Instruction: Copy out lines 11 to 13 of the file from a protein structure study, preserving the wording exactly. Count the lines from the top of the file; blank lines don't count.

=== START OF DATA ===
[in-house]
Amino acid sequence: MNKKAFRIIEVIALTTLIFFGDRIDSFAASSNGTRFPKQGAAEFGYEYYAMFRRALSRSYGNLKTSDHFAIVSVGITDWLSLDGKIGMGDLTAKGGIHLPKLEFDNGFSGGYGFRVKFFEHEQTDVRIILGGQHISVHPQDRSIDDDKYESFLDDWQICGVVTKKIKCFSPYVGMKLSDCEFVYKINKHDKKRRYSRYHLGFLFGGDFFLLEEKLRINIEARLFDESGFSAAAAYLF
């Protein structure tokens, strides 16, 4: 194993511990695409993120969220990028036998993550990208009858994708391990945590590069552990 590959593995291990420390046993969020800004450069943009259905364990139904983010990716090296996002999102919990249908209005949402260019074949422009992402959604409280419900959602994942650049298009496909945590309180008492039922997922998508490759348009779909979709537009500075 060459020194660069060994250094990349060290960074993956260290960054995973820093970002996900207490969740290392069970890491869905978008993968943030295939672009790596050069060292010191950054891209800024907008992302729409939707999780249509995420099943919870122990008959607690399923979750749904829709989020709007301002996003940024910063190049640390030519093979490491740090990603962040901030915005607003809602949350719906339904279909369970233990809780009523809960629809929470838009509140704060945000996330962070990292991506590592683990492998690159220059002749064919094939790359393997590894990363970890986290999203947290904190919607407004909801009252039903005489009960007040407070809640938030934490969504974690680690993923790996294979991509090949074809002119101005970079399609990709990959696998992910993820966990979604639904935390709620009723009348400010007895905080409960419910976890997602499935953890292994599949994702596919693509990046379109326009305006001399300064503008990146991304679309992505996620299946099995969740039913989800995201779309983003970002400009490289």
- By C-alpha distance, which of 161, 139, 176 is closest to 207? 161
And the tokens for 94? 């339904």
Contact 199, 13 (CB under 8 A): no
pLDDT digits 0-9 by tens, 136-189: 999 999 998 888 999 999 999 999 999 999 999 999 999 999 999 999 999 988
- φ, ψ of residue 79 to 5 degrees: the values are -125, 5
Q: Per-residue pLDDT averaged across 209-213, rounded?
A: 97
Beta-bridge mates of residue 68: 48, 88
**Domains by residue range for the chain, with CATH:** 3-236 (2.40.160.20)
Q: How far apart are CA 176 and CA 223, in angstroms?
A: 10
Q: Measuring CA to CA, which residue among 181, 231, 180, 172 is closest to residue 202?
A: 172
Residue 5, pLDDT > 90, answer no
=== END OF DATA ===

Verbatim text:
Beta-bridge mates of residue 68: 48, 88
**Domains by residue range for the chain, with CATH:** 3-236 (2.40.160.20)
Q: How far apart are CA 176 and CA 223, in angstroms?